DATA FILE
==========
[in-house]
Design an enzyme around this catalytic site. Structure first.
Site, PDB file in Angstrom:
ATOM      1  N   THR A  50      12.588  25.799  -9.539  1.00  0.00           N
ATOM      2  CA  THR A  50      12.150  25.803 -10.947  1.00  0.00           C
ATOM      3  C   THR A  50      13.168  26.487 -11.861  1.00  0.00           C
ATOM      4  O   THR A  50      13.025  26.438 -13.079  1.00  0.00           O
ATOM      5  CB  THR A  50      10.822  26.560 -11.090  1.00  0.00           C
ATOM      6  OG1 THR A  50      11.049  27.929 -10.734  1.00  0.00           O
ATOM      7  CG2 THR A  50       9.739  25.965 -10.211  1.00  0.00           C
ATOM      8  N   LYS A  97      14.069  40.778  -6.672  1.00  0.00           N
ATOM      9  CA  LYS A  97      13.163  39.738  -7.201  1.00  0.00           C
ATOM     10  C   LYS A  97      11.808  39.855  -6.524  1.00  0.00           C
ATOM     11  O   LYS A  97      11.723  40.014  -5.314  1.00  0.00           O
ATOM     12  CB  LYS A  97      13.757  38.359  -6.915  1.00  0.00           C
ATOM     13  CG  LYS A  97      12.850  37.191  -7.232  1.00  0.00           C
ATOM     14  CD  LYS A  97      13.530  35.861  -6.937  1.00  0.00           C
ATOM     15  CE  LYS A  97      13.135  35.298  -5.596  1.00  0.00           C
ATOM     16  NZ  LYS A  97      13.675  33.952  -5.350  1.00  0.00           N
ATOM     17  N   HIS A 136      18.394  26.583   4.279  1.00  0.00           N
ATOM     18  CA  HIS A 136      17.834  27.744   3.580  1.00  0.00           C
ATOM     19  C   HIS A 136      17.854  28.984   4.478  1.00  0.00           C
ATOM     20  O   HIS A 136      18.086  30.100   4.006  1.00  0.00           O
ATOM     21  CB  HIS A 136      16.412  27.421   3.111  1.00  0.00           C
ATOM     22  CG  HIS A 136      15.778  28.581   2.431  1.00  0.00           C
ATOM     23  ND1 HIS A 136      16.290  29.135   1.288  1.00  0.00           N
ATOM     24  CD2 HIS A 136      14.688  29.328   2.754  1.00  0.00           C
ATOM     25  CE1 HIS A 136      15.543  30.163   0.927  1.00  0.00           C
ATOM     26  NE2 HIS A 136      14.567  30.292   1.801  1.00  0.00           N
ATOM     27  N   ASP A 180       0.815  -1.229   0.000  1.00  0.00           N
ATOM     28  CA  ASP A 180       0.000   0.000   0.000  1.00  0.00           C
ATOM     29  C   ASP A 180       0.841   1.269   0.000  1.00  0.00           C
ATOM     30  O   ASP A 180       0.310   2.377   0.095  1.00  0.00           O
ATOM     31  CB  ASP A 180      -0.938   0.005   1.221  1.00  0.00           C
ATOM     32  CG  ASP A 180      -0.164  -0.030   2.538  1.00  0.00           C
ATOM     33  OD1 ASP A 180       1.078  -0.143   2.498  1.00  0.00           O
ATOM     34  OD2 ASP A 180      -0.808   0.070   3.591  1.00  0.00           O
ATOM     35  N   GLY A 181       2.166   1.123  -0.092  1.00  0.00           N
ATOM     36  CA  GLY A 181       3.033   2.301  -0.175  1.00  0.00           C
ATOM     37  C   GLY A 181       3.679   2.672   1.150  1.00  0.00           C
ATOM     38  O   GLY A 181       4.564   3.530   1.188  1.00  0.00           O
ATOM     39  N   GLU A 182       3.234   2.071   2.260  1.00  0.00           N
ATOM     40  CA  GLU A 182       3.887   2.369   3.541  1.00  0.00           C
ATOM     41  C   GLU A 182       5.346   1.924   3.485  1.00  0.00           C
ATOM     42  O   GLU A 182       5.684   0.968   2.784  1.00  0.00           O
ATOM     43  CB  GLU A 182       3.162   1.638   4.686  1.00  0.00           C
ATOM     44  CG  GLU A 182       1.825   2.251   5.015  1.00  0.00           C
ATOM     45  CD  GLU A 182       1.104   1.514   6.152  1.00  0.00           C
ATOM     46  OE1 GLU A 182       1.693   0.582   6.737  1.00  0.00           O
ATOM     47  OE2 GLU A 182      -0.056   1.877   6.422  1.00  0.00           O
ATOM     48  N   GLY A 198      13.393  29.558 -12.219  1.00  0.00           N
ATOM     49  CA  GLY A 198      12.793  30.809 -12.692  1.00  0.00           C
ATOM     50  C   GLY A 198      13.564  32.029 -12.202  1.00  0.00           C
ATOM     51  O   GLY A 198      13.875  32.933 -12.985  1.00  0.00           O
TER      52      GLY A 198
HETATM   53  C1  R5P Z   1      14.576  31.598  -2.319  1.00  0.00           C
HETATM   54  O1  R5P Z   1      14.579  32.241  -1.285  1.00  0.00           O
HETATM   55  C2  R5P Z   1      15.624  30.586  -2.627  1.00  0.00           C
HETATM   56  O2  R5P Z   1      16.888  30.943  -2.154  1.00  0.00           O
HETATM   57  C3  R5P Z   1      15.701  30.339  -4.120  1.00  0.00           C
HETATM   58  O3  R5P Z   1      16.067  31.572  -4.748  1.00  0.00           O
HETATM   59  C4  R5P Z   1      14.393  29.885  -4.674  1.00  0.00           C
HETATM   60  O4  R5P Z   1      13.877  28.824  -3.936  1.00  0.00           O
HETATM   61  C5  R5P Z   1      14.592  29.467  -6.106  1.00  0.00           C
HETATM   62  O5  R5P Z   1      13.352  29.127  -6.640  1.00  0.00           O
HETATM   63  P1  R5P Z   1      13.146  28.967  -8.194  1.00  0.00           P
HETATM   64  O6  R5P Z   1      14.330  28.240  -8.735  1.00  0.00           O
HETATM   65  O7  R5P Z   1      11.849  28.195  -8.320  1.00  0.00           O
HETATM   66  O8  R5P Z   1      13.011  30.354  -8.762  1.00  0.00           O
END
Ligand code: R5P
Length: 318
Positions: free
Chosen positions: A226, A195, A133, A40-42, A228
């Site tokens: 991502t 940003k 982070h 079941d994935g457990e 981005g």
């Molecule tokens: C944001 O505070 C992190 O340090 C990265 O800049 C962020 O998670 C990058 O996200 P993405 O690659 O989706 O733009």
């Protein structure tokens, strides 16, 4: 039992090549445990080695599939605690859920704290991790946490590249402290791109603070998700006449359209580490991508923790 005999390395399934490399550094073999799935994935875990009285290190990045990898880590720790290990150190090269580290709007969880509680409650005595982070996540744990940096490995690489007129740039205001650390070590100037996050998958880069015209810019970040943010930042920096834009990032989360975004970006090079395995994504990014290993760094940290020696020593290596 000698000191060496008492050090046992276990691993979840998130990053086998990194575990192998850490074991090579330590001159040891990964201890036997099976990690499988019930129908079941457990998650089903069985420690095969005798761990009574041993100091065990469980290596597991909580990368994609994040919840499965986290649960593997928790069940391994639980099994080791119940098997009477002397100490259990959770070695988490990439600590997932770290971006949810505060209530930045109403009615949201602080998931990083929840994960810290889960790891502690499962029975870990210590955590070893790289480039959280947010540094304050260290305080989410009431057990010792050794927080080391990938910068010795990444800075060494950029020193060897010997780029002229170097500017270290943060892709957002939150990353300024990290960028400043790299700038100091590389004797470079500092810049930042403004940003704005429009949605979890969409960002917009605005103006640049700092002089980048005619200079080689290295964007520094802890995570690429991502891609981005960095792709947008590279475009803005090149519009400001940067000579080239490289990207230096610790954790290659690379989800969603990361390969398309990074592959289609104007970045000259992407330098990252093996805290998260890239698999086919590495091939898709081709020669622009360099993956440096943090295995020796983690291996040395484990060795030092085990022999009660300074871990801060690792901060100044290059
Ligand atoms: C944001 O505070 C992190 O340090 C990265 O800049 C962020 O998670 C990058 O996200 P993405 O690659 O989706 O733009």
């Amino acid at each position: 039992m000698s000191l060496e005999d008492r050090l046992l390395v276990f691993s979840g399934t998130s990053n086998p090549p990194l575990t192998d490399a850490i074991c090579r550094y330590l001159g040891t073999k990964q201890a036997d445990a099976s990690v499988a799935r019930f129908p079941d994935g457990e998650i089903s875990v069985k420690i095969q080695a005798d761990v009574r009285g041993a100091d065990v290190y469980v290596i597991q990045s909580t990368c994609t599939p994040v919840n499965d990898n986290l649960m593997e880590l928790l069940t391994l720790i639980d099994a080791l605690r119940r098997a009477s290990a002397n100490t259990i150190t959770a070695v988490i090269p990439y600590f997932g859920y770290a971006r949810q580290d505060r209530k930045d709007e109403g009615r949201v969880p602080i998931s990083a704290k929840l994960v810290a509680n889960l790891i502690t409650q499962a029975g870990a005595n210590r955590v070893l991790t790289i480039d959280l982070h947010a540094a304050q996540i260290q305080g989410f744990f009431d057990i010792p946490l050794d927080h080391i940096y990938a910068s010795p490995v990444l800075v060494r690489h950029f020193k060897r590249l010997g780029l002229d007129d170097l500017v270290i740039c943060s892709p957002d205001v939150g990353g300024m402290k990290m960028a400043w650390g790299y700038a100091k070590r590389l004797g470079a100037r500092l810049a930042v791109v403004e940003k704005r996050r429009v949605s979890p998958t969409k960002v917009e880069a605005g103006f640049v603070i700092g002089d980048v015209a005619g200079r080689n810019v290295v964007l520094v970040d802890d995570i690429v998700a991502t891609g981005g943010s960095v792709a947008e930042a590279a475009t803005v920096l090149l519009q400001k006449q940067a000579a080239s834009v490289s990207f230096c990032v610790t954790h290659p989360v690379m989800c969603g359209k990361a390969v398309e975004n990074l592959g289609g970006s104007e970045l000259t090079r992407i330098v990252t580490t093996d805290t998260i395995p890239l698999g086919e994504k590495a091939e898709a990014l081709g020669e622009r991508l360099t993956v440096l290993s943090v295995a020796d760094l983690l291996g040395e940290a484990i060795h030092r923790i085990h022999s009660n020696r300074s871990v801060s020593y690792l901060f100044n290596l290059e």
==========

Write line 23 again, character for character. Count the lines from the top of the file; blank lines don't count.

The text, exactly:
ATOM     20  O   HIS A 136      18.086  30.100   4.006  1.00  0.00           O